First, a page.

As I shared in my last post change was going to keep coming into my classroom as I have decided to move away from lecturing as much as possible. In order to prepare for the lesson I had told them to log in onto their MindMeister.com accounts (which we had used together as a class before) and create a map… Continue
Added by Carmen on February 28, 2011 at 11:30pm —
"When you control a man's thinking you do not have to worry about his actions. You do not have to tell him not to stand here or go yonder. He will find his "proper place" and will stay in it. You do not need to send him to the back door. He will go without being told. In fact, if there is no back door, he will cut one for his special benefit. His education makes it necessary." - Dr. Carter G. Woodson, "The Miseducation of the Negro"
It has been less than 200 years since it was… Continue
Added by Mary Rice-Boothe on February 28, 2011 at 12:00pm —
Today my class was featured in an article in The Edmond Sun
. The reporter discussed our growing class brain in…
Added by Diane Dahl on February 26, 2011 at 7:06pm —
Today I changed the seating arrangement in my classroom, and split it down the middle with students facing each other, forming a kind of wide U. I decided to do this after a conversation I had about building community and creating good classroom space. But also I thought to myself 'we are in the… Continue
Added by Carmen on February 26, 2011 at 2:00am —
I thought readers might be interested in my article about digital citizenship and character education, in the February, 2011 issue of Educational Leadership. It echoes a number of points from my book, Digital Community, Digital Citizen.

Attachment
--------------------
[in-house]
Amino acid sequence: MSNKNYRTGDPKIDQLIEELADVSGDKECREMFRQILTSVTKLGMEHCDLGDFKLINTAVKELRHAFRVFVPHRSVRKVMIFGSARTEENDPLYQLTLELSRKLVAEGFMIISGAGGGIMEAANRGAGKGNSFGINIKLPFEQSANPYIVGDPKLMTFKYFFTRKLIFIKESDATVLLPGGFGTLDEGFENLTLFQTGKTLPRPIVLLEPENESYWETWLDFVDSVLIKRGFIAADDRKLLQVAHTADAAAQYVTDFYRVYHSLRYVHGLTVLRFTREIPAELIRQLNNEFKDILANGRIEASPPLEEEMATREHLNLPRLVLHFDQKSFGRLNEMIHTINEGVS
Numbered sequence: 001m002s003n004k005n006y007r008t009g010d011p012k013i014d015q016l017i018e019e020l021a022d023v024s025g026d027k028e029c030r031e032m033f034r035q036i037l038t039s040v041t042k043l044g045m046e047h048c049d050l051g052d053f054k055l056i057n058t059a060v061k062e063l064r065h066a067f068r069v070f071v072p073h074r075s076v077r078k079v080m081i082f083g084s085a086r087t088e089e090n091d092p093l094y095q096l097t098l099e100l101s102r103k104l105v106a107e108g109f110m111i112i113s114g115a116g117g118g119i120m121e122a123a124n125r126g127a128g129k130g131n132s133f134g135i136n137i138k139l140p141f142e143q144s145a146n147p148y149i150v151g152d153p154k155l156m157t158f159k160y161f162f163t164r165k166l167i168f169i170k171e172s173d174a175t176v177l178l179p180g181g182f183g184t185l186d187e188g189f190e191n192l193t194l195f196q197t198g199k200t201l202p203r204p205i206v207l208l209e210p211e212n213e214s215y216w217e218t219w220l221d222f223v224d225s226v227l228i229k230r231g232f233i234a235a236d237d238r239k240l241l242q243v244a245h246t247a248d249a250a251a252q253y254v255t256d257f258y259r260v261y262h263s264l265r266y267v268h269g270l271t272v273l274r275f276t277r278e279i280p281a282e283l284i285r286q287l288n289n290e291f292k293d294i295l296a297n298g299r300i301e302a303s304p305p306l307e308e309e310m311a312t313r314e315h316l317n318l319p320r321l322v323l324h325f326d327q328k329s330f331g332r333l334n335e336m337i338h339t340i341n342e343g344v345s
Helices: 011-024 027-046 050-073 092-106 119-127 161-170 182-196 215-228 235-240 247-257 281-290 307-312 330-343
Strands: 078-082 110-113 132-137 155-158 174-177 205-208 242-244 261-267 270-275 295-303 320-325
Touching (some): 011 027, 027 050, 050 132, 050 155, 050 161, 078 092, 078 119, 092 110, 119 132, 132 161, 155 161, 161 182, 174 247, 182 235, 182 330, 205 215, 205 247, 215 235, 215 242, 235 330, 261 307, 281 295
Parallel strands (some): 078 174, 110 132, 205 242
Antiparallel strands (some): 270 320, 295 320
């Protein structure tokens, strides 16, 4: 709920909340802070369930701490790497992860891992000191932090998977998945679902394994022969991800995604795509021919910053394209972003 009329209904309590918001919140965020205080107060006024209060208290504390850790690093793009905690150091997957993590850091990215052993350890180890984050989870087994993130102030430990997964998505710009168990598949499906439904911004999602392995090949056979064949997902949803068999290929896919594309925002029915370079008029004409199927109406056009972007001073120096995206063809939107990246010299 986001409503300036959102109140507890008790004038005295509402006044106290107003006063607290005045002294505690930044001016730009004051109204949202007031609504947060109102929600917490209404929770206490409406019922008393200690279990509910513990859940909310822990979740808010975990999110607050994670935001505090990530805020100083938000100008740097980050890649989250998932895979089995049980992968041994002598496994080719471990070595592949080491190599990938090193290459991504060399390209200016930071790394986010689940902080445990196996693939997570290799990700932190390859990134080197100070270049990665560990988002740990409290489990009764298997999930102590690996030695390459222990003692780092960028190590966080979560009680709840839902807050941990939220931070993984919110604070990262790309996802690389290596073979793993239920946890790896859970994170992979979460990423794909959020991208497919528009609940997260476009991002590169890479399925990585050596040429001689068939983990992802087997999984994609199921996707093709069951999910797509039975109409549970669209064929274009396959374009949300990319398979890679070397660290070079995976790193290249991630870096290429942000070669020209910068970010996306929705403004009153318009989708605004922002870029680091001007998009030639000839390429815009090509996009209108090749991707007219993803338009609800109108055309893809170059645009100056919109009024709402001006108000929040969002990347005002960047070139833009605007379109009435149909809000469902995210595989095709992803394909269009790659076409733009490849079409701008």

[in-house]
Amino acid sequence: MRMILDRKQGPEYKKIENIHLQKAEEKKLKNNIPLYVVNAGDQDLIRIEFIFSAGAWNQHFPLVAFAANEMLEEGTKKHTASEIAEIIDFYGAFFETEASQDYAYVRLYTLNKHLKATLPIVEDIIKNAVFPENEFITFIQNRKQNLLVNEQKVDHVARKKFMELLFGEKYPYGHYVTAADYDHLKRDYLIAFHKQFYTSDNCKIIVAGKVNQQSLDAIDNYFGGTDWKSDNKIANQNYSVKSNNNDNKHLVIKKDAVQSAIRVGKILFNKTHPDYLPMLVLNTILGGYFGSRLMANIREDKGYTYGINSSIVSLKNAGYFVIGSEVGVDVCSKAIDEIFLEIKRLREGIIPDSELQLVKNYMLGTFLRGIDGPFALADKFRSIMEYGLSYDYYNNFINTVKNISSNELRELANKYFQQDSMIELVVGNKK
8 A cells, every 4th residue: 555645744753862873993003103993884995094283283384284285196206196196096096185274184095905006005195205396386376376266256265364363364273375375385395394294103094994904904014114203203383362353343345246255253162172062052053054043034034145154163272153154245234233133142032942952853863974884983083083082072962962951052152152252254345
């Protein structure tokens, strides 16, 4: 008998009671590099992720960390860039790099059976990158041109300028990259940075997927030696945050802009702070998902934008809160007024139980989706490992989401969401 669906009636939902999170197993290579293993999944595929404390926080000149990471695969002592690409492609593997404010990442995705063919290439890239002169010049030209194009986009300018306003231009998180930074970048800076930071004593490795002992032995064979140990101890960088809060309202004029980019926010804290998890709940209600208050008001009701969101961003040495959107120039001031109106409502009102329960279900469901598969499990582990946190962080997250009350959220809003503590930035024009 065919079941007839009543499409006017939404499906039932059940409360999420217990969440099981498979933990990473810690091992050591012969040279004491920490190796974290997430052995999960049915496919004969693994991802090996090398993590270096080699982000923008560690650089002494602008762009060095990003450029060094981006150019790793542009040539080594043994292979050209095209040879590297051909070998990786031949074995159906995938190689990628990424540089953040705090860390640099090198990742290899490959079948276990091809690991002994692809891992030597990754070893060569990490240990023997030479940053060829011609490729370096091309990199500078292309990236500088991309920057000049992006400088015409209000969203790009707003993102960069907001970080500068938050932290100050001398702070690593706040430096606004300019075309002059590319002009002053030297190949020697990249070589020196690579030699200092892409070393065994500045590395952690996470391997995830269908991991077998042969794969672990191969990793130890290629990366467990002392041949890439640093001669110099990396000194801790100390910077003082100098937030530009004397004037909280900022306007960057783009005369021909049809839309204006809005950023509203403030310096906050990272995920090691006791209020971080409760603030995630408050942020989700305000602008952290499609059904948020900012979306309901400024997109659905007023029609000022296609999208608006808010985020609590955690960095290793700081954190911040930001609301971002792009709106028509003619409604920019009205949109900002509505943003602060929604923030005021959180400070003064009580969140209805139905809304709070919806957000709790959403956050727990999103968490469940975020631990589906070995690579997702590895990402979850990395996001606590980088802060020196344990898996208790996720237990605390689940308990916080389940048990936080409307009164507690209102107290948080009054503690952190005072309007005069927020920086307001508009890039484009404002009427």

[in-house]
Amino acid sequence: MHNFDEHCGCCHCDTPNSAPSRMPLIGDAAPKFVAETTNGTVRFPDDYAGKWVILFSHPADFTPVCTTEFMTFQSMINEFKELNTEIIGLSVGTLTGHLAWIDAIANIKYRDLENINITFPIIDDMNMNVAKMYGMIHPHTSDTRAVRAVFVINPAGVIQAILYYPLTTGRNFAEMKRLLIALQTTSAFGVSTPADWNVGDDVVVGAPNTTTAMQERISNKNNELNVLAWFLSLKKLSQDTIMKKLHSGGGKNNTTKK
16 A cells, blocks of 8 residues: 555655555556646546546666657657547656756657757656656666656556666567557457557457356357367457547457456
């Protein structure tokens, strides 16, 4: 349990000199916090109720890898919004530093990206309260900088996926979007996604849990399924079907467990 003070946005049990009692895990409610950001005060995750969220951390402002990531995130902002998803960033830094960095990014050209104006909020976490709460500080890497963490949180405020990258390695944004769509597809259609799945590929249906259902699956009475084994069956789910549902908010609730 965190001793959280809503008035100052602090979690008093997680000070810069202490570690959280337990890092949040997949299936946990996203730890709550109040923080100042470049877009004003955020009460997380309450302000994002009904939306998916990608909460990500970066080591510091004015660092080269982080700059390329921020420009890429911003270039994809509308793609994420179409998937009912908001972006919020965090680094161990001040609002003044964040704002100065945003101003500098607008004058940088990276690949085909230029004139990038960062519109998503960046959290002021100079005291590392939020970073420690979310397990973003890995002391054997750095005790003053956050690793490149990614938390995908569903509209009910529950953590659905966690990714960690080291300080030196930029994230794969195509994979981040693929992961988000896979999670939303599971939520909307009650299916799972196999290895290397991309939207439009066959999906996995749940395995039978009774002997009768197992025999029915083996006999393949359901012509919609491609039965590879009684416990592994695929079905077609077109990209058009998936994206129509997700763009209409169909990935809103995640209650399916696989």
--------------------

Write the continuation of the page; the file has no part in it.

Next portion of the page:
You can read “Character Education for the Digital Age- Should We Teach Our Kids to Have Two Lives or One?” in Ed Leadership at: http://ow.ly/3On3S.
In addition I maintain… Continue
Added by Jason Ohler on February 25, 2011 at 5:22pm —
I am a Special Education teacher at the middle school level with a fully included roster of 12 students. My roster is usually split with half of my students in one class with me and the other half in another classroom with my teacher associate. I follow my students throughout the day to all their major classes and let them go on thier own to the minor or elective classes. Not a difficult day for me, right? Well it can be.
I have had regular education students ask me why I am not a… Continue
Added by Wendy Fisher on February 25, 2011 at 3:52pm —
Anyone who knows me knows how much I enjoy and focus on motivation and recognition. Knowing that, I suppose it is no surprise that I incorporated it into my formal observations of my teachers. Continue
Today I had three formal teacher observations. Yes, three in one day. That is a lot in one day. Therefore, I thought I would make it a goal to provide immediate positive feedback for each of the teachers I visited. I was trying to think of the best way to give that feedback. …
Added by Steve Bollar on February 25, 2011 at 12:19am —
This article is cross-posted here
Added by Hakan Senturk on February 24, 2011 at 9:42am —
Today my goal was to visit with each substitute in my building and improve the relationship with each one. Many times when substitutes come into the building they are ignored. The only time they are focused on is when they are unable to control the class. The only expectation of a sub is to keep the kids quiet and engaged long enough so the end of the day bell can ring. Often, when a sub comes into the building they do not have anywhere to hang their coat or… Continue
Added by Steve Bollar on February 23, 2011 at 9:09pm —
This blog is cross-posted here.
I speak with educators, principals, and administrators every day that feel trapped, alone, and many times helpless, when it comes to fixing the deep fundamental problems in our education system.
What I find so powerful about the Internet is building real online communities. I am not talking necessarily talking about sites that attract… Continue